Tozi/Sao Paulo/Wilson Pass - Uncrossing the Feet and Finishing the Pass: A BJJ Tutorial
Uncrossing the Feet
Quick note: this tutorial is a follow up to the first Tozi pass tutorial you can find here. Once you understand some of the fundamental aspects of the pass, you're no doubt going to find yourself unable to uncross your opponent's ankles simply by pushing on the shin a fair portion of the time. Here are the easiest two ways to uncross the feet, plus one additional "dirty" trick to either get them uncrossed, or to simply finish your opponent with an ankle lock.
Left Over Right
First and foremost, it's important to understand which way your partner's feet are crossed. Is it right over left, or left over right? Instead of taking a look back there (and potentially ruining your balance in the process), use your hips as your eyes, feeling where your partner's ankles are and how they're crossed. With more and more experience, this becomes much easier and more intuitive. Once you've determined that the feet are crossed left over right (assuming you're passing the same direction as me in the videos) and have pinned the hip and switched your base, apply downward pressure on the bottom (right) shin first, making absolutely sure to keep your elbow in as you do this. Now open your hip up by pointing your left knee up at the ceiling, making sure your knee is above your partner's right heel. Now simply "chop" downward with your left thigh, scraping your partner's heel down and opening their guard up. In this example, I simply pass to half guard, but I have the underhook and crossface - a very dominant half guard top position.
Right Over Left
Once again, your hips are sprawled and your base is very low, and you've just switched your hips. Again, you're pushing down against your partner's inside right shin, but you notice that your partner has crossed their right foot over their left this time. This time, your right hip is simply sliding forward and then opening up. The downward pressure of your right hand on their shin, coupled with the opposite direction of your opening hip, will combine to create enough tension to open nearly every guard when their feet are crossed this way. This time, to finish the pass, I'm simply shooting my left leg back enough to clear my partner's right leg, then "baseball sliding" into modified kesa gatame (since their guard opens wide momentarily).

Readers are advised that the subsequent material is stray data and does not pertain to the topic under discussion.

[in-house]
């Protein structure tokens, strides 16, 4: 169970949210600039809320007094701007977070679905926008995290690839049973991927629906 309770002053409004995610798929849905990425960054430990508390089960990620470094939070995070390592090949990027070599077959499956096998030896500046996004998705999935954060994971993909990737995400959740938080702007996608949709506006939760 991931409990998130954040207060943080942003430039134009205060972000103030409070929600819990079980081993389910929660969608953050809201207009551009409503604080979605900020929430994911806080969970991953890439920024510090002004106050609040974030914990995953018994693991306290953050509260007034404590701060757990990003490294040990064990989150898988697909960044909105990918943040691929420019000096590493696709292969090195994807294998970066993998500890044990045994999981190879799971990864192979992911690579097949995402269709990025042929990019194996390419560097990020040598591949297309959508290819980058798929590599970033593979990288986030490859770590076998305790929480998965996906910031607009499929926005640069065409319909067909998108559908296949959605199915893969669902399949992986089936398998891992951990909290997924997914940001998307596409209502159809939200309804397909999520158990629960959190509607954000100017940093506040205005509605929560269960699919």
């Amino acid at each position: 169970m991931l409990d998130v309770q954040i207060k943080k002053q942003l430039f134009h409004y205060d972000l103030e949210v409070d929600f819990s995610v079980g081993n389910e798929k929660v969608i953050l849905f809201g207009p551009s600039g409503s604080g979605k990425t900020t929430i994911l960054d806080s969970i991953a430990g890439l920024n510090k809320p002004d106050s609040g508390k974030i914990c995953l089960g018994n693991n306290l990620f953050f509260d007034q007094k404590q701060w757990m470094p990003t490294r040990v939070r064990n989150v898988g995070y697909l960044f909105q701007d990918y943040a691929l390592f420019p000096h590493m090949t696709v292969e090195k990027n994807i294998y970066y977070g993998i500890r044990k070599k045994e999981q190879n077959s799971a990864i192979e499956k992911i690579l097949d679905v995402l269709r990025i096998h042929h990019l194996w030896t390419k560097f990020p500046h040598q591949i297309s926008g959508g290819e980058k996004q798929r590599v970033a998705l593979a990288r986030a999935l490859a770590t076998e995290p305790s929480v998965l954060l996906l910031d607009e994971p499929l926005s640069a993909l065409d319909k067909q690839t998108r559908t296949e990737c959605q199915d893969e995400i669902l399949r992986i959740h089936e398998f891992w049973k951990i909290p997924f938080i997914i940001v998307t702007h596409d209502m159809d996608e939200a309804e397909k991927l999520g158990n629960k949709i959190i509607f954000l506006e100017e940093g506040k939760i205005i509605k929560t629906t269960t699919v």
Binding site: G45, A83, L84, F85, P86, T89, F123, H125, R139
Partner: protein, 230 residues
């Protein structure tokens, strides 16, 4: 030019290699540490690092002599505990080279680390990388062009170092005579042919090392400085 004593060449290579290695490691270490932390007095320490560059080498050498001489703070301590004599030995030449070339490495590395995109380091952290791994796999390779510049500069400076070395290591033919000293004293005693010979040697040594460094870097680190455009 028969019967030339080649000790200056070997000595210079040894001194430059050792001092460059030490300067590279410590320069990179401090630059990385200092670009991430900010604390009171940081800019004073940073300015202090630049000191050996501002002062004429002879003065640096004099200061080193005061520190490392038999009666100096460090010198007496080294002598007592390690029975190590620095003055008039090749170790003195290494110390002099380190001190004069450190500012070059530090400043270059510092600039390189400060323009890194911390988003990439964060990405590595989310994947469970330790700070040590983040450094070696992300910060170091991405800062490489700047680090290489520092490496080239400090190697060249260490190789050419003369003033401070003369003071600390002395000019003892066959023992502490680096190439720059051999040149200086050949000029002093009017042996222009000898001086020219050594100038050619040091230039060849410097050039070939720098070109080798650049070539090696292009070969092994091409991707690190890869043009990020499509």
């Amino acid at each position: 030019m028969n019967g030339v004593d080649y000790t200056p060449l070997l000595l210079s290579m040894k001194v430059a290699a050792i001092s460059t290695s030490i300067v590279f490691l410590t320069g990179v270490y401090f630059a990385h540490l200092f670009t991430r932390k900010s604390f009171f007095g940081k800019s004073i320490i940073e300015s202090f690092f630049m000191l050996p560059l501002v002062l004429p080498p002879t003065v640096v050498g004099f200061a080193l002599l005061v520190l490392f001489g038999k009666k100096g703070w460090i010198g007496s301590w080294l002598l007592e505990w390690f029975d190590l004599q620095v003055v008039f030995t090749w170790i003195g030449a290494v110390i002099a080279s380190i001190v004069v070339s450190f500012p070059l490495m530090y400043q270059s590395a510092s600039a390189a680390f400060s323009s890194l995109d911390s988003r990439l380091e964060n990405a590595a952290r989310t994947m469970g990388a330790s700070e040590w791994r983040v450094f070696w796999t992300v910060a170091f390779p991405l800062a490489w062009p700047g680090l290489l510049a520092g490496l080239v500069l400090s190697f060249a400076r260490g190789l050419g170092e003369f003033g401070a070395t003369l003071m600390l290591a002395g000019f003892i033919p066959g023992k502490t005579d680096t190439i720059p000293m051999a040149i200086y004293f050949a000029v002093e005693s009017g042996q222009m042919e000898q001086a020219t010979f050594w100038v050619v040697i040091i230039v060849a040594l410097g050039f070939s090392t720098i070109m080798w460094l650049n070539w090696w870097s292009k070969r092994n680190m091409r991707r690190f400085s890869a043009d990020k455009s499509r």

Suppose your partner doesn't allow you to uncross your feet. Oh noes! Not to worry; you can actually capitalize on this stubbornness. As you switch your hips, make sure your partner's ankles are between your legs. Now simply step over with your top leg (it's really tough to step with the bottom leg without compromising your base) and triangle your legs, and then push your hips forward to finish a nasty ankle lock. Note: if their feet are crossed left over right, the pressure will take longer to achieve, but the end result will be like a heel hook; whereas if their feet are crossed right over left, the pressure will be like a straight footlock. Either way, be sure to use extreme caution and apply pressure slowly! This can take people by surprise, just like the first time you catch someone on your back crossing their feet.
Time and Repetition
I've certainly put in some time on this pass, and it took a long, long time before I felt comfortable enough to use it in competition - probably five years of playing with it at the gym, although I wasn't drilling the technique obsessively as I would now if I wanted to get good at something. However, the dividends are huge. I no longer dislike ending in the closed guard. After drilling and experimenting at the gym, you can feel great doing this pass, and uncrossing the ankles is just one portion of the pass, but it's one you can get down much sooner than the rest of the pass. Enjoy, have fun, and let me know what you think! Feel free, as always, to check out some of my other guard passing material, including passing reverse De La Riva guard, advanced knee cut passing, and using the Kimura to pass.